The first home game of the season always brings an excitement to the RDS. The anticipation of the year to come, the new faces and the old ones. Trophies to be defended. What a year it’s been? No time to rest on our laurels.

Seldom have we welcomed back such a successful and medal covered crop of players. Six Nations, Pro 14 and European winners. There will be a special buzz of excitement in the air.

A nice early Saturday evening kick off, 5:15, should give supporters plenty of time to have a few beers and get into the swing of things, with the promise of a few afterwards also. And for those with young families, or who need to travel to the city, this earlier time gives a better chance to pack the stadium.

We welcome the Dragons to Dublin, and their manager, Bernard Jackman, returns to his old stomping grounds. He has many fond memories, no doubt, however, we’ll hope to send him home with some material for nightmares this time around.

The scoreline was 54-10 in Leinster’s favour the last time they visited. It was during the November international window, and many of the first team (for both sides) were missing. A few in that Leinster team, Larmour and Conan for example, could now be considered to have made the jump into the front ranks.

The Dragons have had a similar start to Leinster this year, one win and one narrow loss, although they have not managed to earn a try bonus point while Leinster have done so. But Leinster have gained their six Pro 14 points on the road, their Welsh opponents played both games in their Dragons den.

They will not be satisfied by the loss to Treviso, a team that they will be battling on their conference table all season for the chance to get into the Challenge Cup. Losing at home to them is a big, demoralising start.

Their game last weekend against the Southern Kings was scrappy; they got home with the win but afforded the Kings two bonus points. The Kings are the worst team in the League by a long distance. They outscored the Dragons in tries but failed to bring home a result.

Bernard Jackman will arrive in Dublin an uneasy man. He might have a trick or two up his sleeve. Last year they opened brightly, scoring the first try of the match. But Leinster’s class soon overcame them.

Leo Cullen comes into the game with the same ratio of wins to losses but an easier mind. Two tough games in Wales, one against divisional rivals Scarlets, a team we played four times last year, when you take the semi-finals in both competitions into consideration, is a dramatic way to start the season.

While he will be disappointed we did not manage to steal a second narrow victory last weekend, there was a lot of promise in the way the team worked hard to get back into the match. Mistakes were made in both the openers, but that makes it easier to know what to work on in training.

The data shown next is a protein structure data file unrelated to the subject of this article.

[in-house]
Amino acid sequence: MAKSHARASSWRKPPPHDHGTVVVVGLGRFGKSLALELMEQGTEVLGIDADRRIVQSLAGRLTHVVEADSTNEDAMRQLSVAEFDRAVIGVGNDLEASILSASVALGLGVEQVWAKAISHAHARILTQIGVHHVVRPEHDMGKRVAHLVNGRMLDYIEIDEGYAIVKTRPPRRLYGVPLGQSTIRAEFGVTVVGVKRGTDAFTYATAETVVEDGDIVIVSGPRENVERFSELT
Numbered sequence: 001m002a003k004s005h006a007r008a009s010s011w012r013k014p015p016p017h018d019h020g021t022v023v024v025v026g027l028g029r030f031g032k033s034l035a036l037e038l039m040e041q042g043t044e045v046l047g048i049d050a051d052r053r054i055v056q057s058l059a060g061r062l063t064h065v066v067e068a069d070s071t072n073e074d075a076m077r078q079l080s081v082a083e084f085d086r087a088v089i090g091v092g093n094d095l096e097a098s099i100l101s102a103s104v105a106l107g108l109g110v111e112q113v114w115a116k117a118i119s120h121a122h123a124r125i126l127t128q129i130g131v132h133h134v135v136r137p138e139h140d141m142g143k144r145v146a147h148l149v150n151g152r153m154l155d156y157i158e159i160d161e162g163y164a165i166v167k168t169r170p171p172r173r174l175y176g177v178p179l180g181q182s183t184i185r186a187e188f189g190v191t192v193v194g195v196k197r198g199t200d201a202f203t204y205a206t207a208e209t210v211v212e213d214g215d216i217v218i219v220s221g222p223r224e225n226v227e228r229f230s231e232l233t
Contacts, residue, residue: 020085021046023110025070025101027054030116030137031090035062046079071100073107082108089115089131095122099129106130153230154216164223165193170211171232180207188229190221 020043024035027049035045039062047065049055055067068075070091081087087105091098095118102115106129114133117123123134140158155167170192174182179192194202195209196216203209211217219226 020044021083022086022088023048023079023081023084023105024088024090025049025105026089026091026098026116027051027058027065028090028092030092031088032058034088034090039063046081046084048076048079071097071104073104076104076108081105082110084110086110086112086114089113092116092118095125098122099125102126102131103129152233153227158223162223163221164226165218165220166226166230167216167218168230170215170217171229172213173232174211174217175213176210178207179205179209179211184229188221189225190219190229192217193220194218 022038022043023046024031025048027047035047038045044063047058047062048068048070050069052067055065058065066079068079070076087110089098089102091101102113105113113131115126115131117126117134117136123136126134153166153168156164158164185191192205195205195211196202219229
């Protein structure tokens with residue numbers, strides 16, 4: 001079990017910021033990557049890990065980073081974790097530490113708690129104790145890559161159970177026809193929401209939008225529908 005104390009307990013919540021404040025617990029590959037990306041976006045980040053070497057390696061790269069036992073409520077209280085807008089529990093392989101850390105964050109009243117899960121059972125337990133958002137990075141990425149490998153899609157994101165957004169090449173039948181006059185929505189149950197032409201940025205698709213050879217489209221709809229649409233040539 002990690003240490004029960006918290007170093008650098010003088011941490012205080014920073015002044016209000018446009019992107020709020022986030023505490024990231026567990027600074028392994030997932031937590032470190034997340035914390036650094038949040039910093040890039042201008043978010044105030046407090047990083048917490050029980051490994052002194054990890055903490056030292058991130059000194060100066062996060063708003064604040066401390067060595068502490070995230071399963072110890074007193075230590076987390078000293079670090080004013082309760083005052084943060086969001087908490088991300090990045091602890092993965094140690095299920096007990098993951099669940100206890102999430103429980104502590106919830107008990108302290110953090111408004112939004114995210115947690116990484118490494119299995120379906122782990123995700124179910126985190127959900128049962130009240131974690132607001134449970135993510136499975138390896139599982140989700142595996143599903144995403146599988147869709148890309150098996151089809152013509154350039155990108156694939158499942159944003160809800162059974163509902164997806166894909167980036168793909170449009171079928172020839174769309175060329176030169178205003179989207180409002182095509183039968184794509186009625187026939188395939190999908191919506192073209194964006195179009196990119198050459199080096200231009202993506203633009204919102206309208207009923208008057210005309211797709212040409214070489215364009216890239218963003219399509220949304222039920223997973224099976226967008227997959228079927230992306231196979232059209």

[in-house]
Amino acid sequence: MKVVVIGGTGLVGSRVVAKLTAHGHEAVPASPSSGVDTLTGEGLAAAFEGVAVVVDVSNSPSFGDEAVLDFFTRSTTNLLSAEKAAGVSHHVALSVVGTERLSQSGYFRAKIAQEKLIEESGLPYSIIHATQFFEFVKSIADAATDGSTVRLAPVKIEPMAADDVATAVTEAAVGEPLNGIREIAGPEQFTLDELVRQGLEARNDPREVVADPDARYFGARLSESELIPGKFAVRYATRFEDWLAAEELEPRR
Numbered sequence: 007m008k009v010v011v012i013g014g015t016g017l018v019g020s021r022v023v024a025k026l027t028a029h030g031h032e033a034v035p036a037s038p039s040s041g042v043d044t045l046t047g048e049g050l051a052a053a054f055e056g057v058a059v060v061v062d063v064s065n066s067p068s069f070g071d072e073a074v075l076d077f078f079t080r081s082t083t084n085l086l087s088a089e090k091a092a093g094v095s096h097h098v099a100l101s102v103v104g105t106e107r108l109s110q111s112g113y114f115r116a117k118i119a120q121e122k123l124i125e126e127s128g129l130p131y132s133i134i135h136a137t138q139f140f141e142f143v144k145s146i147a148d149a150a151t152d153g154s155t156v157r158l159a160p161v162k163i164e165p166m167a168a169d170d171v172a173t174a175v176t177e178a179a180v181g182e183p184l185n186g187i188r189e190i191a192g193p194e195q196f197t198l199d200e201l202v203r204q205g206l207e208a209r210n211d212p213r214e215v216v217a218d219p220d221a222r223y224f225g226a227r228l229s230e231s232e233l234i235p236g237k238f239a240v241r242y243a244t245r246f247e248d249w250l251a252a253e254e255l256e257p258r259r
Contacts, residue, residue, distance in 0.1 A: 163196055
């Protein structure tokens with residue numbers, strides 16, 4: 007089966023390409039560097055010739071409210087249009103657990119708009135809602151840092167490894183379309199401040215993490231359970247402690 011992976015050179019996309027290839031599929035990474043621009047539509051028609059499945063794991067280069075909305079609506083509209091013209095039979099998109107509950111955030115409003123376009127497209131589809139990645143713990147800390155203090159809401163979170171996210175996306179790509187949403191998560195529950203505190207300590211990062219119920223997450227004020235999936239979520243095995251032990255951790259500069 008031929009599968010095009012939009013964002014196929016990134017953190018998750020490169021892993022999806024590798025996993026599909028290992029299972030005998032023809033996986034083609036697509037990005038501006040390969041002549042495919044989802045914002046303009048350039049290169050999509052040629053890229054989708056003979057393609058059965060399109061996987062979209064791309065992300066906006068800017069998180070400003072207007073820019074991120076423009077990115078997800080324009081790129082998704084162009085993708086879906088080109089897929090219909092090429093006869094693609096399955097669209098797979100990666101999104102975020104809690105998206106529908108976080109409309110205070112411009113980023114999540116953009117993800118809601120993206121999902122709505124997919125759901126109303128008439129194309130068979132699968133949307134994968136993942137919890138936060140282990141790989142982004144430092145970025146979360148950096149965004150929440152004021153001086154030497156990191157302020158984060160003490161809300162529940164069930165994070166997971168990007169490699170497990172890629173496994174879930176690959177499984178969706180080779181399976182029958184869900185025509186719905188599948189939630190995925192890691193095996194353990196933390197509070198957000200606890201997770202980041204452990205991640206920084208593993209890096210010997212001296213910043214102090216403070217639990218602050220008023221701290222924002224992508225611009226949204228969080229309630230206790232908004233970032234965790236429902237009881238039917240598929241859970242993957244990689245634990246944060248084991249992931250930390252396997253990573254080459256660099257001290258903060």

Leo’s biggest problem is trying to get enough game time into the European first team players in time for the first match in that competition, only four more Pro 14 games. Most of them were involved with Ireland over the Summer and have only come back in gradually over the last few weeks.

Neither first choice scrum halves have settled yet. Box kicks have gone astray, there have been knock-ons at the ruck, and more than a few difficult to field throws. There is such healthy competition for the first team spot that this should soon sort itself out.

This is not a position of strength in depth; an injury to either McGrath or Gibson-Park will cause us to struggle. Nick Kennedy has simply not had enough game time to warrant confidence that he could take over.

Ross Byrne has had a solid start to the year. If there’s a change from last season it’s that he has developed his defensive game. He has made multiple hard tackles on the crash ball carrier coming up the ten-twelve channel in the opening rounds. He’s also been on the receiving end of some huge hits, but has picked himself back up quickly. There is something more physical about him, a growing presence in the back-line, and yet he had not bulked up too much.

Again, at half-back we may struggle if we pick up any more injuries. Ciaran Frawley is injured at the moment, and Joey Carberry off to ply his trade for Munster, so should Byrne or Sexton pick up a knock we will have to draft an academy player or use Noel Reid in the position. The latter has not played much there.

Despite losing Jordi Murphy in a transfer to Ulster and Jamie Heaslip retiring after a long injury, the competition for the back row seems as healthy as always. The imminent arrival back of both Josh Van Der Flier and Sean O’Brien from injury is eagerly awaited. Cullen will soon have a selection headache.

We have enough strength in the front row and the back line for now. There are a few players out with injuries, Barry Daly and Jack McGrath falling victim during the first game and at training respectively, but you feel we have enough cover there. We also have decent cover at lock, although Toner, Ryan and Fardy are well ahead of Nagle, Malony and Mick Kearney.

I expect the crowd to be in great form on Saturday, still congratulating ourselves on the victories of last season, satisfied with the start this one, and buoyant about the season to come. Season ticket holders will be eager to see what they get this year in their gift pack. And the expectation that the Dragons will be the sacrificial victim to properly kick off what’s looking like a promising year.